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This Issue: The Returning Veteran | Table of Contents: Winter 2017 | Download this issue

Noteworthy Publications

STEP-Home: Improving reintegration for OEF/OIF Veterans

 Air Force 1st Lt. Katie Connelley returns to Davis-Monthan Air Force Base, Arizona.  <em>(Photo by: Carolyn Herrick, U.S. Air Force)</em>
Air Force 1st Lt. Katie Connelley returns to Davis-Monthan Air Force Base, Arizona. (Photo by: Carolyn Herrick, U.S. Air Force)

Air Force 1st Lt. Katie Connelley returns to Davis-Monthan Air Force Base, Arizona. (Photo by: Carolyn Herrick, U.S. Air Force)

Researchers at the VA Boston Health Care System have adapted a civilian rehabilitation program to create a 12-week workshop to help Veterans who have returned home to the U.S. after serving in Iraq or Afghanistan. The aim of the "STEP-Home" workshop is to strengthen behavioral and emotional skills so that Veterans are better equipped to rejoin their families and civilian communities.

STEP-Home is a short-term treatment program (12 two-hour weekly group meetings, plus three to six individual sessions) based on a mild traumatic brain injury rehab program for civilians called STEP. STEP-Home meetings take key ingredients from the civilian program and modify them to better address problem areas for Veterans. The treatment topics adapted from the STEP program include problem-solving, emotional regulation, and attention training. Researchers added topics that Veterans are more likely to have problems with, such as vocational counseling, substance misuse, and anger management.

Because many Veterans struggle with moderating their emotions once they are back in the community, a typical problem addressed in a STEP-Home session is how Veterans can deal with anger directed at civilians, such as road rage. Memories of driving in military convoys can trigger feelings of threat in Veterans who are cut off or tailgated in traffic. STEP-Home trainers teach Vets a set of tactics they can use to regain control of their emotions using cognitive behavioral concepts. Vets are taught to identify the event (being cut off), their feelings (anger), their thoughts (I am under attack), and finally their behaviors (screaming at the driver). To stop the cycle of rage, Veterans are encouraged to think of alternate actions they could take to help them calm down and de-escalate the situation. For instance, pulling over and stopping the car so they can call another Vet to vent and get support.

In a recent feasibility study, 69 Veterans who had served in Operation Enduring Freedom (OEF), Operation Iraqi Freedom (OIF), or Operation New Dawn (OND) were enrolled in STEP-Home. Most were referred from VA health clinics or research centers. A majority had some type of mental health condition—86 percent were diagnosed with PTSD; 35 percent had at least one traumatic brain injury; and many had also been diagnosed with a mood, anxiety, or substance use disorder.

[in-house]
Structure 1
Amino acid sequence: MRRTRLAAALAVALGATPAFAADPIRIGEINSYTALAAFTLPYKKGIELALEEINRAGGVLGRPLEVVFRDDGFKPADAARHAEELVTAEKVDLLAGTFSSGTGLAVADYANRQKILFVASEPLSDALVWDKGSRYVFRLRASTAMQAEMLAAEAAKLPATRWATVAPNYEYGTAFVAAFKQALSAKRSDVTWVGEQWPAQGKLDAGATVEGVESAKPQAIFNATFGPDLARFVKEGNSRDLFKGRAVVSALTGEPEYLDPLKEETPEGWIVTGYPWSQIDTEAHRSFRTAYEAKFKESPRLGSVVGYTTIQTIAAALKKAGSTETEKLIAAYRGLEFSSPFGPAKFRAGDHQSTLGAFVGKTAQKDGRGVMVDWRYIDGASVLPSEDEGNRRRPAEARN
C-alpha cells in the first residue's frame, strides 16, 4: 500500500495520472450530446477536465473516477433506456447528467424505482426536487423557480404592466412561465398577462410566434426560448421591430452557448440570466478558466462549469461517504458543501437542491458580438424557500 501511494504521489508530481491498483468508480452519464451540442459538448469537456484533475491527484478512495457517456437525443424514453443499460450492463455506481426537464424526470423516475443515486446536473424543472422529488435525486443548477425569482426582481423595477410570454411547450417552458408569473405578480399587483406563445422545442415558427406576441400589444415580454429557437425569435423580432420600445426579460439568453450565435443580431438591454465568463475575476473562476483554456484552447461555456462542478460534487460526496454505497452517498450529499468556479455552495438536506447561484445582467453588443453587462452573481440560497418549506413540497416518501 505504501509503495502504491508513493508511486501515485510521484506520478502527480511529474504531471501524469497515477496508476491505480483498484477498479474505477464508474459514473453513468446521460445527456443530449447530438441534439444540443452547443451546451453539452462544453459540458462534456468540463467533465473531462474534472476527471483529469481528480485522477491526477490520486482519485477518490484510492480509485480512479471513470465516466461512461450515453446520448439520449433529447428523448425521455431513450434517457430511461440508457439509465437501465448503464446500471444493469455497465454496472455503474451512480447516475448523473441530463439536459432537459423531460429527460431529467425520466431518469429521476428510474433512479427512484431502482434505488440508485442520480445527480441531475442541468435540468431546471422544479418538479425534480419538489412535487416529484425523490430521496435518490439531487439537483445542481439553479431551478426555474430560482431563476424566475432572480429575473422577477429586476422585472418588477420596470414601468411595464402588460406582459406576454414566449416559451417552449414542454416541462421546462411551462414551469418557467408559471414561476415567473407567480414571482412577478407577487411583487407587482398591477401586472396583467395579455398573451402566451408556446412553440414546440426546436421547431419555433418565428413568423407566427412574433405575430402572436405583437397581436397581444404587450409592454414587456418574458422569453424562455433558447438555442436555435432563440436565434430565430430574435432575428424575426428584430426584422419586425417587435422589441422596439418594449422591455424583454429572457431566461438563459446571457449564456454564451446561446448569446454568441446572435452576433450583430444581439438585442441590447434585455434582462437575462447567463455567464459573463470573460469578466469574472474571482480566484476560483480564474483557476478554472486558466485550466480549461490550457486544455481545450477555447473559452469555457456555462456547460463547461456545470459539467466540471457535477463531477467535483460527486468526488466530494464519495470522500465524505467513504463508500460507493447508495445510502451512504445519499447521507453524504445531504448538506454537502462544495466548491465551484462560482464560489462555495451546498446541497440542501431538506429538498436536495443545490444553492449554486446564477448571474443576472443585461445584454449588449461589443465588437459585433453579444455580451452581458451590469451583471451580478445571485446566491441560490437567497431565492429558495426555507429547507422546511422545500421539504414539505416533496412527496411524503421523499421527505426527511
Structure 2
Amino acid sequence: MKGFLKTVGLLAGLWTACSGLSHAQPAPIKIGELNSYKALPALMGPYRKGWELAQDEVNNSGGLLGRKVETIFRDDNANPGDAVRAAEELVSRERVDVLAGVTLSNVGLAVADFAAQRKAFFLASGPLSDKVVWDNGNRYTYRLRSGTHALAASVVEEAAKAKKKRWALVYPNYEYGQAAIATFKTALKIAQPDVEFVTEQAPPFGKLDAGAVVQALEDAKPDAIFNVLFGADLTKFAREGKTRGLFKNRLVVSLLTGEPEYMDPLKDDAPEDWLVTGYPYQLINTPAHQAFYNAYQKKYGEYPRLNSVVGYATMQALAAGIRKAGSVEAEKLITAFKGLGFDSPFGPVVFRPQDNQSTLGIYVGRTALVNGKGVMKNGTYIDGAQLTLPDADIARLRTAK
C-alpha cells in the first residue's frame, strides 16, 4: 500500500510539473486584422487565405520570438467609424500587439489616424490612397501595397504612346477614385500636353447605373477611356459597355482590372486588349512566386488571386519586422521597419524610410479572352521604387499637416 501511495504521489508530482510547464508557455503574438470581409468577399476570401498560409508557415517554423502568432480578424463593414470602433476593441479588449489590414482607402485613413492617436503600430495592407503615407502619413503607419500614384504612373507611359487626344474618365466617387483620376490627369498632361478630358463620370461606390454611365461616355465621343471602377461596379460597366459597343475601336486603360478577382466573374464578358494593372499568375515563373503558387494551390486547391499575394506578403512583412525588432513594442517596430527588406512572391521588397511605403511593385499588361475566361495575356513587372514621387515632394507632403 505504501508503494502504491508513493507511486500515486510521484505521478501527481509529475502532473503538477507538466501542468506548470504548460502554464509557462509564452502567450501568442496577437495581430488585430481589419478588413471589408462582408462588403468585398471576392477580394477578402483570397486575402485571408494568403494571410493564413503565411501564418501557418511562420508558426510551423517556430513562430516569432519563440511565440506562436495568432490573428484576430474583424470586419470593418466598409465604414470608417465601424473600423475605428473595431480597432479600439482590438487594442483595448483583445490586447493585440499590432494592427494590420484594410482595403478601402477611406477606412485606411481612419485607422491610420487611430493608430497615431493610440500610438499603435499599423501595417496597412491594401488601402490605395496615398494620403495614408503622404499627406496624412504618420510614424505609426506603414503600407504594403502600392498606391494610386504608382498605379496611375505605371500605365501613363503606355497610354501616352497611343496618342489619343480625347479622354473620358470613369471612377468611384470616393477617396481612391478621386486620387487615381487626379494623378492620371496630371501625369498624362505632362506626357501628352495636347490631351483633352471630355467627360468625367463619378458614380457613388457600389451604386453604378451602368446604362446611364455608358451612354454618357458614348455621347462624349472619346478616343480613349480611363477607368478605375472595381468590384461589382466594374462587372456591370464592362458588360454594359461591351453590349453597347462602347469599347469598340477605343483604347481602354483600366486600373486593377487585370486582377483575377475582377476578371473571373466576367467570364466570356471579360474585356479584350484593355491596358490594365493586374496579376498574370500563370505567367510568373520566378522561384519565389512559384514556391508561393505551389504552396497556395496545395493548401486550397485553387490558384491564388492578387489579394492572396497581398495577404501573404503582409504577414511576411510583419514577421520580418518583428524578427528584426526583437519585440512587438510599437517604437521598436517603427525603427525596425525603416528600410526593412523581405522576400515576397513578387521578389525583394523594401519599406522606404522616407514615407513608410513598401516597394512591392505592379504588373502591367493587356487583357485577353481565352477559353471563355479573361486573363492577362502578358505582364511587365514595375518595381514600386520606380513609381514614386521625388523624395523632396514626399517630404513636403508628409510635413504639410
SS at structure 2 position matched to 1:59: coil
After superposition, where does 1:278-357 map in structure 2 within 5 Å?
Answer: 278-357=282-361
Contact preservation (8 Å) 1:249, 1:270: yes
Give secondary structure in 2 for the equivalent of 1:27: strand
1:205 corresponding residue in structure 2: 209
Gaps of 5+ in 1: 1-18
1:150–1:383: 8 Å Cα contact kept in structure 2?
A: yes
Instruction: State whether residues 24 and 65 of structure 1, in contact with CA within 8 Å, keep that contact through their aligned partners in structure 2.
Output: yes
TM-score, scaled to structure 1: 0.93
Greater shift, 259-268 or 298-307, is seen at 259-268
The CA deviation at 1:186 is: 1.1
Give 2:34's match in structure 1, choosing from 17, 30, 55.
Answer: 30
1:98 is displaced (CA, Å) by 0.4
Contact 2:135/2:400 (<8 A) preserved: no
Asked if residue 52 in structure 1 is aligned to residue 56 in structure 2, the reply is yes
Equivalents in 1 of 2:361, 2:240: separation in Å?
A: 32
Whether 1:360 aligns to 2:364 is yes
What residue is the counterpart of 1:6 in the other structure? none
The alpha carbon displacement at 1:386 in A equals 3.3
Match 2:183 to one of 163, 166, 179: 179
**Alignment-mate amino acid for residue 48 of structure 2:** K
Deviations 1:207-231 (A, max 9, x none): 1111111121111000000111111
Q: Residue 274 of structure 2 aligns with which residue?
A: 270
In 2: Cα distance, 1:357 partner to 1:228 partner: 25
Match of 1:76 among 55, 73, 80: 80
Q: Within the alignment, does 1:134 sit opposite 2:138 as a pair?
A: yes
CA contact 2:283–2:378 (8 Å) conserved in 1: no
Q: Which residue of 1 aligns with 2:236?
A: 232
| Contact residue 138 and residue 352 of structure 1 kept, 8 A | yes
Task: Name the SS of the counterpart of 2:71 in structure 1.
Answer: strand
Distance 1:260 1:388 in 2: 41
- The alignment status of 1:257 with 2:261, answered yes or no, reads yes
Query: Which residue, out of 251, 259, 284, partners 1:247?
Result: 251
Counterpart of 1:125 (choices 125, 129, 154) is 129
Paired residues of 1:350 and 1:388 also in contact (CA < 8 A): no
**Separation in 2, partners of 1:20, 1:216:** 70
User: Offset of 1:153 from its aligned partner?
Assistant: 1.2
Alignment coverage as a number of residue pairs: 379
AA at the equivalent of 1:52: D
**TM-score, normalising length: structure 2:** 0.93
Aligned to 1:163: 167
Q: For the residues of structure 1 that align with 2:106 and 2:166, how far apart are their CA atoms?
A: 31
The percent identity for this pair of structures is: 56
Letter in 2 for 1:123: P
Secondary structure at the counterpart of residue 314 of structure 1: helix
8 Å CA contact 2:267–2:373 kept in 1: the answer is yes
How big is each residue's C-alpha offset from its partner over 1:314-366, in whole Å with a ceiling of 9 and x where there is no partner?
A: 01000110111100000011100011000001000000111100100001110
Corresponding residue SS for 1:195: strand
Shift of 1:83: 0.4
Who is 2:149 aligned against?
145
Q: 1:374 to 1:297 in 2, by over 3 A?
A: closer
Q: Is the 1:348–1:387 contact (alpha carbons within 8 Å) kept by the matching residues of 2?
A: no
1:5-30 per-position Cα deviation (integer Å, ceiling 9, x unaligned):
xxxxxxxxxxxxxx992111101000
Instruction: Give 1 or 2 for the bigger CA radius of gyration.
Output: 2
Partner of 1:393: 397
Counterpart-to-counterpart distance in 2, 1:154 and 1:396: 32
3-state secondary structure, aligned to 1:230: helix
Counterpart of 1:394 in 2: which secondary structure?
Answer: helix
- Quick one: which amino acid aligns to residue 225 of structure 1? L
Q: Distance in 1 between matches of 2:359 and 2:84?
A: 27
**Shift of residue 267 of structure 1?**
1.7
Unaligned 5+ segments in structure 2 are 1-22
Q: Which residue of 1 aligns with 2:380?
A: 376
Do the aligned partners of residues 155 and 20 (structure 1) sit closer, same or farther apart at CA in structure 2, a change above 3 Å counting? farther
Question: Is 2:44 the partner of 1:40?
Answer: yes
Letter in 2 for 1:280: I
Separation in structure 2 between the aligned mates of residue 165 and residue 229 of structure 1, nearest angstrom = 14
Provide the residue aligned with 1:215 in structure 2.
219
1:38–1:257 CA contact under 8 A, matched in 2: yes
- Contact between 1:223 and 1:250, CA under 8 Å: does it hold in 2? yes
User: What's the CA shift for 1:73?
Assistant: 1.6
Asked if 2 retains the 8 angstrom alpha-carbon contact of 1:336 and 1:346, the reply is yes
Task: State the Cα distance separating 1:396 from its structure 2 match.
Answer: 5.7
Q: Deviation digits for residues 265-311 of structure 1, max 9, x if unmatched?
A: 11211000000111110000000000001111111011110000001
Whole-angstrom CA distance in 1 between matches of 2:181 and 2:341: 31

Of the 69 participants, 58 Veterans completed the STEP-Home workshop. Of those, 34 showed improvements in functional status as measured on a disability assessment tool. Significant gains in attention, problem-solving, and emotional regulation skills indicated positive change during treatment.

The Veterans were also asked to share their opinions about the program by filling out questionnaires after completing the workshop:

  • 68 percent said they better understood how PTSD could relate to problems in civilian life after deployment;
  • 40 percent said they experienced an increase in achieving their individual goals;
  • 72 percent said they experienced an increase in feeling supported by other Vets;
  • 31 percent said they experienced an increase in feeling connected to the VA; and
  • 96 percent said they would recommend STEP-Home to other Vets.

The researchers concluded that STEP-Home is an acceptable treatment program for returning Veterans who suffer emotional difficulties as they try to reintegrate into their home communities. Veterans found the program tolerable and showed excellent compliance with program activities. Drop-out rates were less than half for those undergoing standard treatment for PTSD in OEF/OIF/OND Veterans.

Lead researcher Dr. Catherine B. Fortier is associate clinical director for the VA Rehabilitation Research & Development, National Center for TBI Research, and an assistant professor of psychology at Harvard Medical School. She has spent her research career at VA studying the effects of conditions like PTSD and TBI on returning Veterans, and the problems they experience as a consequence.

"Most important," says Fortier, "Veterans who completed STEP-Home reported greater openness to other VA services, and outcome data supported this with greater treatment and community engagement after completing STEP-Home. We believe that STEP-Home may function as a gateway for Veterans who are hesitant to participate in traditional but critically needed mental health treatments at the VA."

Fortier recently presented the findings from her pilot study at the American College of Rehabilitation Medicine (ACRM) and the IBIA Eleventh World Congress on Brain Injury, and is preparing the findings for publication.

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